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Abstract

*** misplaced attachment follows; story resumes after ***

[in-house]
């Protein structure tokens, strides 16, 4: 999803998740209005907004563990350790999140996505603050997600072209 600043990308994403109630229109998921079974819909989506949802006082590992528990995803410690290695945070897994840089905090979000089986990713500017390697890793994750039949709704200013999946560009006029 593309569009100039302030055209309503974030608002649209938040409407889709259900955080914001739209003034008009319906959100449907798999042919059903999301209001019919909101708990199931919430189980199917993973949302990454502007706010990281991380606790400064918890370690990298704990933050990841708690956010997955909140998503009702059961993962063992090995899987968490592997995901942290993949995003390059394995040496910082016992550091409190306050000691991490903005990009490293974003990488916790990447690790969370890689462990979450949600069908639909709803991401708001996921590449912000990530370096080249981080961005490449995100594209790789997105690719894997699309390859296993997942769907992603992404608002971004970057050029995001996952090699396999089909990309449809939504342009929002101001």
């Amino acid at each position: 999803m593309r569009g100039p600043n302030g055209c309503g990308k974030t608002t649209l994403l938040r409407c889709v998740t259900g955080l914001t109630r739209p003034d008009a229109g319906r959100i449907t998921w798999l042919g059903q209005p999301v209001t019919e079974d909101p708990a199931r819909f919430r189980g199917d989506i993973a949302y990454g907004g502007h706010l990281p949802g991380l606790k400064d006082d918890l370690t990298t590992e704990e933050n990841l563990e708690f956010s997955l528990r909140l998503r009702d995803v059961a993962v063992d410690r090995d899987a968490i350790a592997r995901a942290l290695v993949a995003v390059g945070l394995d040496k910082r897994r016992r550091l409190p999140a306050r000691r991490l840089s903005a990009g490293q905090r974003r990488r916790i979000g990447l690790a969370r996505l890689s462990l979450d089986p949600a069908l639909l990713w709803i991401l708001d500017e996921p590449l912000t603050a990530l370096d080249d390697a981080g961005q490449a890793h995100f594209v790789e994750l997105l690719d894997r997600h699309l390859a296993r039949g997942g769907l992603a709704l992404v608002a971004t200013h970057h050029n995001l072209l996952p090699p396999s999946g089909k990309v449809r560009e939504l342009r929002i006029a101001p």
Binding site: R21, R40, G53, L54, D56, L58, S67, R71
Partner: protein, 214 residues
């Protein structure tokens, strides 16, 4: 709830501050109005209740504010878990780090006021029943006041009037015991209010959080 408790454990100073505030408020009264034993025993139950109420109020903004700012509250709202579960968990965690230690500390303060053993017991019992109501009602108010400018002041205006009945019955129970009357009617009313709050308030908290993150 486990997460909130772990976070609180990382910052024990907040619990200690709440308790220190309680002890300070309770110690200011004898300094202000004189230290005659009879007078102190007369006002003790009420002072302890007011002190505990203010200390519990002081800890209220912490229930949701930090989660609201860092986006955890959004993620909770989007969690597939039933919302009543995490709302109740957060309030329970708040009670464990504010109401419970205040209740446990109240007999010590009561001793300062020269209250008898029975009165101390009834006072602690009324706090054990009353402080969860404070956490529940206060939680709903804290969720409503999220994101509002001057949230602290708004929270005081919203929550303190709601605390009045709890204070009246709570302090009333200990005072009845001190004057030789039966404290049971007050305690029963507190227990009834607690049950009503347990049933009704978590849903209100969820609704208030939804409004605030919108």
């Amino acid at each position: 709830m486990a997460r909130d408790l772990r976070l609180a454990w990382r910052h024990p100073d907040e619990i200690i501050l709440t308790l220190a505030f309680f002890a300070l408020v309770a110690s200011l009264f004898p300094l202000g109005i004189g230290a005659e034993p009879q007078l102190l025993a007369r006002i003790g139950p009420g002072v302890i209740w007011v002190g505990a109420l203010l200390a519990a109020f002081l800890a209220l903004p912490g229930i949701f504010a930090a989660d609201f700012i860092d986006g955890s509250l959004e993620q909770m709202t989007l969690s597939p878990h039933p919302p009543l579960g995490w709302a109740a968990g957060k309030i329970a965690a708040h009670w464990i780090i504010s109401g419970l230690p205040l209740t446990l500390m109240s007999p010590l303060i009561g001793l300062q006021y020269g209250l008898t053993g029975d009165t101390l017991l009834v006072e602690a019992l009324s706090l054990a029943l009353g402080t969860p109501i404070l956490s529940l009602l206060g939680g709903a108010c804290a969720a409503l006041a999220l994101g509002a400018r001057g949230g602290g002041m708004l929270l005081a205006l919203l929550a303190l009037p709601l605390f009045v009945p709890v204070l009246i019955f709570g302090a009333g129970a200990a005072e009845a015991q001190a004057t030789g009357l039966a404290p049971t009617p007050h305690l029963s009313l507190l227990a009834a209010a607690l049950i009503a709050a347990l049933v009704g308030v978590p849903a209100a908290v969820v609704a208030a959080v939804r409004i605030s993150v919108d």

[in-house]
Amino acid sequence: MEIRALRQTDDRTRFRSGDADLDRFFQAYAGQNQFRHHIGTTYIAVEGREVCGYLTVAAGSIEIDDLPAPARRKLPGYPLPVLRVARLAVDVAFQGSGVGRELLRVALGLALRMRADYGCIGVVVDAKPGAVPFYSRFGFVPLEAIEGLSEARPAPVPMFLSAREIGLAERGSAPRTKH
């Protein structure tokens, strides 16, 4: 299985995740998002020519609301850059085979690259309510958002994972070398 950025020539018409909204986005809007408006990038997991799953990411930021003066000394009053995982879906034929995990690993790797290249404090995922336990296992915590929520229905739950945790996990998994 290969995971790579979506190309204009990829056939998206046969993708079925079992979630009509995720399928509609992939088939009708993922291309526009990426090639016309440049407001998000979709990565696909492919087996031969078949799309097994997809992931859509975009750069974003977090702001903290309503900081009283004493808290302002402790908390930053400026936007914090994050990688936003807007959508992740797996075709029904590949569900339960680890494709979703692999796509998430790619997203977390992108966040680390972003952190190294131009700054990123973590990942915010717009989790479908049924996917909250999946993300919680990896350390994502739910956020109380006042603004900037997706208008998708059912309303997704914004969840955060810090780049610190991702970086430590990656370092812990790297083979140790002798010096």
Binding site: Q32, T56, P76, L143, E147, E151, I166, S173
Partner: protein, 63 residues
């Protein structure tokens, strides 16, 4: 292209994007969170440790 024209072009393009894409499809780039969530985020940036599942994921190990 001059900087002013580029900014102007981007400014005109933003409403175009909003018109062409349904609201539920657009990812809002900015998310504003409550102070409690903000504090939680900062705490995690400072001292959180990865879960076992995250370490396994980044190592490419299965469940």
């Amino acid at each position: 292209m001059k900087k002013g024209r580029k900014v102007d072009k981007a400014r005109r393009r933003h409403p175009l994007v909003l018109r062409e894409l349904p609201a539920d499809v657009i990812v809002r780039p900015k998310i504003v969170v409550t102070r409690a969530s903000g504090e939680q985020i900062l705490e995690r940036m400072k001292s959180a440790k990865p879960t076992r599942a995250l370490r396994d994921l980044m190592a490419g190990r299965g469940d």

This paper reports the results of a study of UK consumer attitudes to food safety as they relate to Genetically Modified Organisms (GMOs) and the extent to which they translate into a relatively high willingness to pay to avoid these products. The results indicate the relative importance of different aspects of the food system in forming preferences, and that GM food is only one of a number of concerns, albeit a significant one. The results also indicate that attitudes towards organic food may be taken as a useful indicator of attitudes towards GM technology, as the preference structure which underlies the former also appears to inform the latter. Significant differences are found between attitudes to GM food in which plants are modified by the introduction of genes from other plants and those in which they are modified by the introduction of genes from animals and plants.

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